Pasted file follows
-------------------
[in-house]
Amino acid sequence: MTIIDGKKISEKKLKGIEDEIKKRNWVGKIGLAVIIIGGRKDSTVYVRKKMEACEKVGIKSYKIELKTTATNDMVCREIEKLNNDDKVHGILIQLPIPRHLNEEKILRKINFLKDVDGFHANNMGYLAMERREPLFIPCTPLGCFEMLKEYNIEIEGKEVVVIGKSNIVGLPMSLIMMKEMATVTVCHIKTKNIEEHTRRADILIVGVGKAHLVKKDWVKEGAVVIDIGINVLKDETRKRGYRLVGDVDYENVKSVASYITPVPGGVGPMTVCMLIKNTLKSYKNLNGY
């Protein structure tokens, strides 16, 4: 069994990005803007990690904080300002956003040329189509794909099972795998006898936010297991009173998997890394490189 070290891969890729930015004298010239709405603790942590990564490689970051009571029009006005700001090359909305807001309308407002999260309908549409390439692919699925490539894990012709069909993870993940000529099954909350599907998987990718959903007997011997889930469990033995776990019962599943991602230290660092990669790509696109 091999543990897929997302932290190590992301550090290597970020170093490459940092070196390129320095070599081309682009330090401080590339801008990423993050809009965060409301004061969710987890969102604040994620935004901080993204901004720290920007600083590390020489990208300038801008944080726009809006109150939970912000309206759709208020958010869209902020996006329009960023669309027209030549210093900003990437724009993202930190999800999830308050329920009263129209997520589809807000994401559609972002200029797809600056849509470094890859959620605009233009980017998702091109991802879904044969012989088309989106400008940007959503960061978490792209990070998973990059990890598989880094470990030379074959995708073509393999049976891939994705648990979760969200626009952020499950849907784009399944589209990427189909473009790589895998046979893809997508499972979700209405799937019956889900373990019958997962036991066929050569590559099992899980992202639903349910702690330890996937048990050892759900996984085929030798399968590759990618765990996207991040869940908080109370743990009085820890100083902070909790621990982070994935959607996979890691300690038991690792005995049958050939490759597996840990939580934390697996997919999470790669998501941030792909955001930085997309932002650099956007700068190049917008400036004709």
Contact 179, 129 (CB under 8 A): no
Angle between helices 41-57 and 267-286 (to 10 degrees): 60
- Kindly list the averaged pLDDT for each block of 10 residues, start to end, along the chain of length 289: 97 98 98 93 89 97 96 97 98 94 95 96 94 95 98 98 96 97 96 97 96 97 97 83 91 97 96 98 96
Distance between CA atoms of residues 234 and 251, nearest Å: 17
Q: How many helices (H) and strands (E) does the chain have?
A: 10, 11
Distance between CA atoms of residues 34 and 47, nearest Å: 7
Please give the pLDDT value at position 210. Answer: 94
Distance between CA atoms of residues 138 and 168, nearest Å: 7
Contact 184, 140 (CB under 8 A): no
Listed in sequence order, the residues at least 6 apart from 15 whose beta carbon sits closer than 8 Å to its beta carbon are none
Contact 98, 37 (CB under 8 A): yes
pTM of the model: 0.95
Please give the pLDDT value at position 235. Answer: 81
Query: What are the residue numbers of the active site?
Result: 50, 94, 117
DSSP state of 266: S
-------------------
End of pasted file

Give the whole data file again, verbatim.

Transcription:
[in-house]
Amino acid sequence: MTIIDGKKISEKKLKGIEDEIKKRNWVGKIGLAVIIIGGRKDSTVYVRKKMEACEKVGIKSYKIELKTTATNDMVCREIEKLNNDDKVHGILIQLPIPRHLNEEKILRKINFLKDVDGFHANNMGYLAMERREPLFIPCTPLGCFEMLKEYNIEIEGKEVVVIGKSNIVGLPMSLIMMKEMATVTVCHIKTKNIEEHTRRADILIVGVGKAHLVKKDWVKEGAVVIDIGINVLKDETRKRGYRLVGDVDYENVKSVASYITPVPGGVGPMTVCMLIKNTLKSYKNLNGY
């Protein structure tokens, strides 16, 4: 069994990005803007990690904080300002956003040329189509794909099972795998006898936010297991009173998997890394490189 070290891969890729930015004298010239709405603790942590990564490689970051009571029009006005700001090359909305807001309308407002999260309908549409390439692919699925490539894990012709069909993870993940000529099954909350599907998987990718959903007997011997889930469990033995776990019962599943991602230290660092990669790509696109 091999543990897929997302932290190590992301550090290597970020170093490459940092070196390129320095070599081309682009330090401080590339801008990423993050809009965060409301004061969710987890969102604040994620935004901080993204901004720290920007600083590390020489990208300038801008944080726009809006109150939970912000309206759709208020958010869209902020996006329009960023669309027209030549210093900003990437724009993202930190999800999830308050329920009263129209997520589809807000994401559609972002200029797809600056849509470094890859959620605009233009980017998702091109991802879904044969012989088309989106400008940007959503960061978490792209990070998973990059990890598989880094470990030379074959995708073509393999049976891939994705648990979760969200626009952020499950849907784009399944589209990427189909473009790589895998046979893809997508499972979700209405799937019956889900373990019958997962036991066929050569590559099992899980992202639903349910702690330890996937048990050892759900996984085929030798399968590759990618765990996207991040869940908080109370743990009085820890100083902070909790621990982070994935959607996979890691300690038991690792005995049958050939490759597996840990939580934390697996997919999470790669998501941030792909955001930085997309932002650099956007700068190049917008400036004709």
Contact 179, 129 (CB under 8 A): no
Angle between helices 41-57 and 267-286 (to 10 degrees): 60
- Kindly list the averaged pLDDT for each block of 10 residues, start to end, along the chain of length 289: 97 98 98 93 89 97 96 97 98 94 95 96 94 95 98 98 96 97 96 97 96 97 97 83 91 97 96 98 96
Distance between CA atoms of residues 234 and 251, nearest Å: 17
Q: How many helices (H) and strands (E) does the chain have?
A: 10, 11
Distance between CA atoms of residues 34 and 47, nearest Å: 7
Please give the pLDDT value at position 210. Answer: 94
Distance between CA atoms of residues 138 and 168, nearest Å: 7
Contact 184, 140 (CB under 8 A): no
Listed in sequence order, the residues at least 6 apart from 15 whose beta carbon sits closer than 8 Å to its beta carbon are none
Contact 98, 37 (CB under 8 A): yes
pTM of the model: 0.95
Please give the pLDDT value at position 235. Answer: 81
Query: What are the residue numbers of the active site?
Result: 50, 94, 117
DSSP state of 266: S